A whitepaper over on the Register piqued my interest, and then lost it, but then I ran across the Linux Days in Geneva which also has a business slant, and that reminded me again.
For the Linux Days there’s a few talks that do interest me: Michel Rocard, but that’s because it’s Free Software and legal issues and patents and things. It almost makes me wonder why he’s not a member of the Freedom Task Force, which is the FSFE’s legal group — I hang out there acting like a techie and talking to lawyers so that KDE people don’t have to (and, if you’re going to Akademy, bring an FLA). There’s something neat about long term document storage (given the NLUUG conference programme, it wouldn’t have been entirely out of place there either) in ODF; there’s thin clients and OpenSocial.
But the rest of the programme just falls a little flat. While the education track looks interesting enough, other tracks are a little depressing in their “Open Source! low cost! reliability!”-ness. Gosh, we need a word for that: neglecting the essential Freedoms that Free Software gives you and focusing on the cost side of things.
Anyway, I’m not writing to criticise one specific conference; to each his own. It’s more the confluence with that Register article on desktop Linux. There’s no mention at all in that article of any specific desktop technologies; it’s a sort of Herb & Jamaal of the desktop. And then it moves on into TCO again. That’s not really the point of Free Software, is it.
[[ There is one interesting bit in the Reg article about target audiences and where transitions to Free Software operating systems on the desktop are most (or least) comfortable. Straightforward office use and basic educational desktops would be good targets for a migration; there’s no surprise that specialized workers trained to specific applications have a harder time making a switch — but that’s any switch, not something special to the Free Software desktop. ]]
There have been a lot of stories around public procurement of IT services and software lately. Naturally I filter for the ones that say nice things about Free Software or indicate that Free Software is gaining traction in the public sector. I can explain why I feel that governments (at all levels) should prefer Free Software over proprietary software whenever possible, and it comes down to my belief that governments exist to take care of, or improve, the quality of life of their subjects. That’s the moral basis for their existence, and you are right in saying that it’s also stunningly naive of me in practice. So I will claim that governments should do what is best for their people and that short-term TCO calculations, dependency on third parties, vendor lock-in and data hostaging (is there a term for “your own data is stored in a proprietary format that may not even be legal for you to reverse-engineer and extract?”) are not good ways to serve the people. Developing local skills, fostering cooperation and pushing open standards for long-term storage and interoperability is. Now, this isn’t to say that there’s no space for proprietary software at all, but it’s a little like importing rice to feed the populace: something you want to do as little as possible and stop doing as quick as you can, because it places you at the mercy of your food (or software) sources.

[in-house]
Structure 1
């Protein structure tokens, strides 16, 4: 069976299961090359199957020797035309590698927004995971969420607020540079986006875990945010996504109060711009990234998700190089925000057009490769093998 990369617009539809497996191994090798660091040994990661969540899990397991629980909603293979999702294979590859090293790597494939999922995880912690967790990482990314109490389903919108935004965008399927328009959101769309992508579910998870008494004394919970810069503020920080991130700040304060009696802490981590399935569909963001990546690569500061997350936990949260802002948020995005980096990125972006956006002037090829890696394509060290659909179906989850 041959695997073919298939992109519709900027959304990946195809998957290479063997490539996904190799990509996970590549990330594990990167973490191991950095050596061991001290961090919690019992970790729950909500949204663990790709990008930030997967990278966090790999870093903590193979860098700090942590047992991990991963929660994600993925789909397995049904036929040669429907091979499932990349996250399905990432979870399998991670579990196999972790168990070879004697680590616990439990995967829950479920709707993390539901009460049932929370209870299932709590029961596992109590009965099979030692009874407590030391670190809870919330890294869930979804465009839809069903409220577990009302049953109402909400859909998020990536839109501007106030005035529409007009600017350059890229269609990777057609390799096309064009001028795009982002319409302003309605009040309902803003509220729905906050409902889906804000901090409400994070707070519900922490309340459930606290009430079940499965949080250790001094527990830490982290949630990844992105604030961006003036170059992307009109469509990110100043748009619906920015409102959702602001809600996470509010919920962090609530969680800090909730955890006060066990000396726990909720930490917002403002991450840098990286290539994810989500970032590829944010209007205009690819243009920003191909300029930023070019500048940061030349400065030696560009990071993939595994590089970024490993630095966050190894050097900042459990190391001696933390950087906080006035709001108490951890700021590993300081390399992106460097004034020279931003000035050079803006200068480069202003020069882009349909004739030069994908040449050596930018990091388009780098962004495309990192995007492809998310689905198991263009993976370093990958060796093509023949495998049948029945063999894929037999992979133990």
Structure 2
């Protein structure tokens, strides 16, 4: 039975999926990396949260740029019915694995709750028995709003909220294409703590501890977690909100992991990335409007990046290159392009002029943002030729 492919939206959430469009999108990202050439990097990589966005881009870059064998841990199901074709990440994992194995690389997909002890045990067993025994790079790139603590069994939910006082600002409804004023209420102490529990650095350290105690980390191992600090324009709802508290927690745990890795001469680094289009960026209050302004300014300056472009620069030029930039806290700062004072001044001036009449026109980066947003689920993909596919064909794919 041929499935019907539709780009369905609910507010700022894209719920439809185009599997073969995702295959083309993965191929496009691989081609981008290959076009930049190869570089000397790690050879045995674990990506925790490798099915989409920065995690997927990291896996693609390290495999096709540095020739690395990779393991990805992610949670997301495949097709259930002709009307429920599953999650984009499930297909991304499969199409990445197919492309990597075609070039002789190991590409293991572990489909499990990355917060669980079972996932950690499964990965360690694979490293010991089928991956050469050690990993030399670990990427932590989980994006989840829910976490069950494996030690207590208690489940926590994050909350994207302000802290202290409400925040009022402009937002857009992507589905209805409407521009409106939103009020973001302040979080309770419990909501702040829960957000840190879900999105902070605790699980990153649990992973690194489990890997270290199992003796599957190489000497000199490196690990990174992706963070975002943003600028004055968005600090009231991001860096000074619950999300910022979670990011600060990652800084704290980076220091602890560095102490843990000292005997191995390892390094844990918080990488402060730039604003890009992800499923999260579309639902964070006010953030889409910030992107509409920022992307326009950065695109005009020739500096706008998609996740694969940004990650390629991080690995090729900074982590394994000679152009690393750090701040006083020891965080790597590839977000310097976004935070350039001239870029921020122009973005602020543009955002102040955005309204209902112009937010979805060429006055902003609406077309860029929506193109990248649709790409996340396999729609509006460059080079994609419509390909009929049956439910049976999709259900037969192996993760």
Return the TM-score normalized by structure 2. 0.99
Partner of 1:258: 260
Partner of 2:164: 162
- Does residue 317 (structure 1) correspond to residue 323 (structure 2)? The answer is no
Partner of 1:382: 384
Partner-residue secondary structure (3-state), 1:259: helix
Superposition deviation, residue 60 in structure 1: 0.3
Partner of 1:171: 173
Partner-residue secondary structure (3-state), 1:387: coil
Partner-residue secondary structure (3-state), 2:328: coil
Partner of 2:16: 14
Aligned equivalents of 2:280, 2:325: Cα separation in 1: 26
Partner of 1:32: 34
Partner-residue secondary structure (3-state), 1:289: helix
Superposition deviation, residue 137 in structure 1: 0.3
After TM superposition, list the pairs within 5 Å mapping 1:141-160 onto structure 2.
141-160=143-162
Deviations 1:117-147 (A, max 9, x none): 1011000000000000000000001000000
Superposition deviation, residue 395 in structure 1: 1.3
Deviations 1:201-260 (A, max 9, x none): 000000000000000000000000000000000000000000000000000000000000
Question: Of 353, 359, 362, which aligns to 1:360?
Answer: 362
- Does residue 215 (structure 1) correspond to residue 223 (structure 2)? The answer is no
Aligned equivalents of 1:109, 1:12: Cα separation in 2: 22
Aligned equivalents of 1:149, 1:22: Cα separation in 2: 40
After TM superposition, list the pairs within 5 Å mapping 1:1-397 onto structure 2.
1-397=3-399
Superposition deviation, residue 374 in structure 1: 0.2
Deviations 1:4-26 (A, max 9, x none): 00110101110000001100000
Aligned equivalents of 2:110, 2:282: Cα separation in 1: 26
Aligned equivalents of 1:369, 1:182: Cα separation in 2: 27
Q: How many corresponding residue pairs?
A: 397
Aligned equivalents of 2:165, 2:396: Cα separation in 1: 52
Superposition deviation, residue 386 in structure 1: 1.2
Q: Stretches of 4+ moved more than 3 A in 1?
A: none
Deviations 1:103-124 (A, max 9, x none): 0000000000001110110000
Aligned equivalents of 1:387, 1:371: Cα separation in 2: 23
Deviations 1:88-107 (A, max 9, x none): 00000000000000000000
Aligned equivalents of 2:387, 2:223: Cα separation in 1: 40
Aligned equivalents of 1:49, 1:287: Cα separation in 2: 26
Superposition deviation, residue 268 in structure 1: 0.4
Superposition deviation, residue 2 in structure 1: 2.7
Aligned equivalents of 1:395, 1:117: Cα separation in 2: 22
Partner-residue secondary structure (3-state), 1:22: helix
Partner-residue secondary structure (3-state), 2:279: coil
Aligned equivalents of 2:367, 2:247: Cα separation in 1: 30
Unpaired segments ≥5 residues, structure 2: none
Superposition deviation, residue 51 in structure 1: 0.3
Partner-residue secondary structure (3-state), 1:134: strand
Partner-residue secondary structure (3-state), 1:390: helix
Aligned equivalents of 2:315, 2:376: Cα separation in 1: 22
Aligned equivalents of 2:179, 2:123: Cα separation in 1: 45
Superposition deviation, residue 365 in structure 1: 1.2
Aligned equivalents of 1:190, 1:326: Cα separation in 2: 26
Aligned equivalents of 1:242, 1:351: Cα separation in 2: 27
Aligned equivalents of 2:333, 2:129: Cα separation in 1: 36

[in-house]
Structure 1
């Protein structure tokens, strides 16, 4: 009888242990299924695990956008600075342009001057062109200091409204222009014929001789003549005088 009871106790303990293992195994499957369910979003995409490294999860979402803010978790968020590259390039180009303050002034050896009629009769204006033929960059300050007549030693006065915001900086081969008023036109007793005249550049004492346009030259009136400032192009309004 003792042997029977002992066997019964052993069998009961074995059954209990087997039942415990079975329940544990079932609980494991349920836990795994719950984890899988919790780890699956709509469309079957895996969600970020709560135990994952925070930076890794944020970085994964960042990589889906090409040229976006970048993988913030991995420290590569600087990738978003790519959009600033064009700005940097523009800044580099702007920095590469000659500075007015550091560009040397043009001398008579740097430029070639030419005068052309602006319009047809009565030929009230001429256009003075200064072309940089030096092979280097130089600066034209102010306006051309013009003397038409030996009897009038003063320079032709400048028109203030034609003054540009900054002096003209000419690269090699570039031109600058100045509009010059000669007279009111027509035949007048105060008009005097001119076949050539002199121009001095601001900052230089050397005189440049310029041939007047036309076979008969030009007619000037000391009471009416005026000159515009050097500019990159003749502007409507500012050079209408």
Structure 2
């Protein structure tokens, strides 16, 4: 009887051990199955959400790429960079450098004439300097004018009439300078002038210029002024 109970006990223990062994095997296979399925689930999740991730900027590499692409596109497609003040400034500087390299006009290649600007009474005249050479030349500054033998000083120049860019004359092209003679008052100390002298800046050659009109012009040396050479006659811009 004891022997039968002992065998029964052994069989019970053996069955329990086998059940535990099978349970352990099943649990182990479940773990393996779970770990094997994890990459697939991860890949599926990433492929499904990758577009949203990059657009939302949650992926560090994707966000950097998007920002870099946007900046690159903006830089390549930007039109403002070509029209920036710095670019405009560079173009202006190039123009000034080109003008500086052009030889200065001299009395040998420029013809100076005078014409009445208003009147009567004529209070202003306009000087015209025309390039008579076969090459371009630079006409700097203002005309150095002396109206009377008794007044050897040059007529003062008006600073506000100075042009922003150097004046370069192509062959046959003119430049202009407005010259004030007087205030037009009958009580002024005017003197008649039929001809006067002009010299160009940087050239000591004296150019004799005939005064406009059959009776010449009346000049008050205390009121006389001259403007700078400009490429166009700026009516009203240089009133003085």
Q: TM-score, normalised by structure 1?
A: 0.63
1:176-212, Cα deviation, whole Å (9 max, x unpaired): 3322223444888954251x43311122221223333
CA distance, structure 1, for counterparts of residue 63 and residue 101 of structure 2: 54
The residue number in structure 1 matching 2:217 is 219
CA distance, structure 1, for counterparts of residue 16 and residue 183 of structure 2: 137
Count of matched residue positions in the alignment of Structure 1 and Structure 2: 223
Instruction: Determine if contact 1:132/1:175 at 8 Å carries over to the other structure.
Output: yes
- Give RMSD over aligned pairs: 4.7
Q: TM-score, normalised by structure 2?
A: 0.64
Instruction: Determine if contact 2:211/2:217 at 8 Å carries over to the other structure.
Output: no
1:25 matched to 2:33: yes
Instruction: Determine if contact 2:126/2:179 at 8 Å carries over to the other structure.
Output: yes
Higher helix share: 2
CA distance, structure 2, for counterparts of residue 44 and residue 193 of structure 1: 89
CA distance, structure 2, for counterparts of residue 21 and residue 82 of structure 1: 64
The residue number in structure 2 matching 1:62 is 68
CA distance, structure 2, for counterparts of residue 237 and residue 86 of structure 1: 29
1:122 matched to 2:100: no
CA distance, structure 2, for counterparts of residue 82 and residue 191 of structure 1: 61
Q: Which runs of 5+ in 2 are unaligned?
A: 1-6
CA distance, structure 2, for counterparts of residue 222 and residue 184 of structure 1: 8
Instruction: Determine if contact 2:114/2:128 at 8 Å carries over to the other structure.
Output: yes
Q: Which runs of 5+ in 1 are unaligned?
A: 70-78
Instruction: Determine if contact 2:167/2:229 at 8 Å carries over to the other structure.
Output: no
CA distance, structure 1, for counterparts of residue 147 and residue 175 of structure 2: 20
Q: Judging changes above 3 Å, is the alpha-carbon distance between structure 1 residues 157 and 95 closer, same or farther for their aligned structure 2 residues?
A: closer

Anyway, let’s take a look at a few of the stories: Vancouver embraces Open Source (does this have anything to do with Aaron moving there?). One weird quote in there from Andrea Reimer “now we just have to look forward on implementation and figuring sort of the order with which we do that.” That sounds like there’s goodwill, but no concrete implementation plan to me. Still a step in the right direction. Also from the article: “For example, she said, videos made at city hall, including videos of council meetings, are currently in a proprietary format that cannot be posted on YouTube.” Sounds to me like they need Theora, as YouTube in itself is not a long term storage provider.
Way down in New Zealand there has been some changes in the procurement strategy of the State Services Commission. From the Reg’s reporting (or the SSC statement) it is difficult to say whether this is a real win for Free Software or whether it’s just a no-central-deal-has-been-reached situation where individual departments now strike their own deals. One desirable approach to procurement might be to require an evaluation of Free Software first.